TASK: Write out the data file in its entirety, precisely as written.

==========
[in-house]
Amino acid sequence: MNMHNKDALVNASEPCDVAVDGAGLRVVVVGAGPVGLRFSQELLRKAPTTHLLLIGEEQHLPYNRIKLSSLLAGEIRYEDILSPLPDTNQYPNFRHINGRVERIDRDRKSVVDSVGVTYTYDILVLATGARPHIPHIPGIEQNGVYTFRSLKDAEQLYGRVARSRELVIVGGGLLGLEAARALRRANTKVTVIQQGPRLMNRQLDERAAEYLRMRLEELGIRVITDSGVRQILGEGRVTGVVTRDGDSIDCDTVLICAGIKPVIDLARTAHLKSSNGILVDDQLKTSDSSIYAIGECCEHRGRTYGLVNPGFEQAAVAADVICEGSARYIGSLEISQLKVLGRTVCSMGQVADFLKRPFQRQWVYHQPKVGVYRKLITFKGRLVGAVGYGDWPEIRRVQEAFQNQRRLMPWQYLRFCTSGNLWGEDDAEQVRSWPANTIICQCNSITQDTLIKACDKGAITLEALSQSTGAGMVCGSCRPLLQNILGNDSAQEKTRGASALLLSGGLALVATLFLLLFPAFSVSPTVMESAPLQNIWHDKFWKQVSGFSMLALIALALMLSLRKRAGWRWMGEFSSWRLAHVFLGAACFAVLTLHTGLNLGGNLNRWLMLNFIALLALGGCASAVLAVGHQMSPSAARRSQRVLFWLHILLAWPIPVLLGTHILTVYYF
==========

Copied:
[in-house]
Amino acid sequence: MNMHNKDALVNASEPCDVAVDGAGLRVVVVGAGPVGLRFSQELLRKAPTTHLLLIGEEQHLPYNRIKLSSLLAGEIRYEDILSPLPDTNQYPNFRHINGRVERIDRDRKSVVDSVGVTYTYDILVLATGARPHIPHIPGIEQNGVYTFRSLKDAEQLYGRVARSRELVIVGGGLLGLEAARALRRANTKVTVIQQGPRLMNRQLDERAAEYLRMRLEELGIRVITDSGVRQILGEGRVTGVVTRDGDSIDCDTVLICAGIKPVIDLARTAHLKSSNGILVDDQLKTSDSSIYAIGECCEHRGRTYGLVNPGFEQAAVAADVICEGSARYIGSLEISQLKVLGRTVCSMGQVADFLKRPFQRQWVYHQPKVGVYRKLITFKGRLVGAVGYGDWPEIRRVQEAFQNQRRLMPWQYLRFCTSGNLWGEDDAEQVRSWPANTIICQCNSITQDTLIKACDKGAITLEALSQSTGAGMVCGSCRPLLQNILGNDSAQEKTRGASALLLSGGLALVATLFLLLFPAFSVSPTVMESAPLQNIWHDKFWKQVSGFSMLALIALALMLSLRKRAGWRWMGEFSSWRLAHVFLGAACFAVLTLHTGLNLGGNLNRWLMLNFIALLALGGCASAVLAVGHQMSPSAARRSQRVLFWLHILLAWPIPVLLGTHILTVYYF